The U.S. House of Representatives approved legislation today that endorses healthy spending increases for three federal research agencies. The
Democrats—and a handful of Republicans--who backed the bills had twice before this month been thwarted by legislative roadblocks. But this time they
won—and successfully deployed their own rarely used maneuver to regain some of the territory they had ceded to opponents.
By a vote of 262 to 150, legislators authorized $84 billion for research, education, and innovation programs over the next 5 years at the National
Science Foundation, the Department of Energy, and the National Institute of Standards and Technology under the America COMPETES Reauthorization Act (HR
5116). The bill is a comprehensive overhaul of 2007 legislation aimed at a 10-year budget doubling for those agencies. Ironically, that idea was first
proposed by President George W. Bush in 2006 and embraced by the Obama Administration, but in recent months, knocking the plan has become a way for
House Republicans to label Democrats as reckless big spenders.
Representative Bart Gordon (D–TN), chair of the House Science and Technology Committee that crafted the bill, had failed in his first attempt at
passage on 13 May when opponents added an antipornography provision that forced the bill off the floor and back onto the House calendar. An attempt
last week to pass it under a suspension of the rules fell 15 votes short of the necessary two-thirds majority that was needed. That version shrank the
length of the reauthorization from 5 years to 3 years, making it easier for some deficit hawks to support it.
Realizing that he had enough votes to win passage, Gordon restored the 5-year scope in the version that returned to the floor today under normal rules.
And to force his opponents to go on the record, he broke the 248-page bill into nine pieces and called for votes on each provision. (The report
language runs to another 1233 pages and is available (pdf).) The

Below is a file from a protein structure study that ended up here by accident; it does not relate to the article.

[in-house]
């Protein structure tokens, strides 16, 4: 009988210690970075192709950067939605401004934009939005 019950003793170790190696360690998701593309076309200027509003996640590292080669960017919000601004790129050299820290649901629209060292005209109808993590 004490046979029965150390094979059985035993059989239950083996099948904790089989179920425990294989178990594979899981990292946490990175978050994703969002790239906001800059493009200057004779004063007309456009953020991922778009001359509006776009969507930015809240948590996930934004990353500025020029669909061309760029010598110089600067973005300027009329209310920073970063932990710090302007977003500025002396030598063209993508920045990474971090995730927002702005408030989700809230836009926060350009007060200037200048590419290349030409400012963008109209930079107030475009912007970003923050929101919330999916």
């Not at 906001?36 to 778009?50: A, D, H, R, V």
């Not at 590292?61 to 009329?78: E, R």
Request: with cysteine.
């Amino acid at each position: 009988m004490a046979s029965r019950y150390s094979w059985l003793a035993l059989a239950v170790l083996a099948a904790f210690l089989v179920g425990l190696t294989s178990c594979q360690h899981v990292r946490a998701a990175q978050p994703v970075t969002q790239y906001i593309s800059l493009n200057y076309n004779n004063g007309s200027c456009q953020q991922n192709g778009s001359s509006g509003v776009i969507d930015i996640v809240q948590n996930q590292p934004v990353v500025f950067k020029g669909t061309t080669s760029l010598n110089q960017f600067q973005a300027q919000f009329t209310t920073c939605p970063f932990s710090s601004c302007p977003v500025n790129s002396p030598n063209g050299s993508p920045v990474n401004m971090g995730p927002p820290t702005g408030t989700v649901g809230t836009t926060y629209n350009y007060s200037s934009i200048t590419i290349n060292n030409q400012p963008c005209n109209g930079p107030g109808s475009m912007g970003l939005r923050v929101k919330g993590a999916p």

antipornography language passed unanimously, and members also overwhelmingly supported an existing prohibition on federal funds going to any university
that prohibits military recruiters on campus. The rest of the elements were defeated; the closest margin was a vote of 197 to 215 to give an inside
track on education grants to institutions serving disabled veterans.
"As I've said before, this bill is too important to let fall by the wayside," Gordon declared after the vote. "Today, we took the action necessary to
see consideration of this bill completed. And we allowed the Members of the House to be on record voting on provisions gutting funding for our science
agencies, voting on whether we should eliminate programs that will help create jobs, voting on whether to eliminate programs that will make us more
energy independent, voting in opposition to federal employees watching pornography, and voting on whether universities that ban military recruiters
should receive federal research dollars. We have provided all Members, in a reasonable manner, with the ability to vote on each of these items
separately instead of all together."
Predictably, that tactic outraged the Republican minority. "I am disappointed that my Democratic colleagues resorted to using a procedural tactic to
defeat Republican changes that would have saved over $40 billion and restored the original COMPETES priority of basic research," said Ranking Member
Ralph Hall (R–TX), who was particularly aggrieved by the defeat of the veterans' provision. "While I am glad we were finally able to reauthorize many
of the important research and education program in this bill, the bill that passed today spends too much money, authorizes duplicative programs, and
shifts focus away from the bill's original intent."
The bill now goes to the Senate, which has its own views on what's necessary to preserve the country's competitive edge. Then the two bills must be
reconciled, a process that will give House opponents another chance to be heard.
*This article has been corrected. It originally stated that two Department of Commerce agencies, including NOAA, would be covered by the bill. Only one, the National Institute of Standards and Technology, will be covered.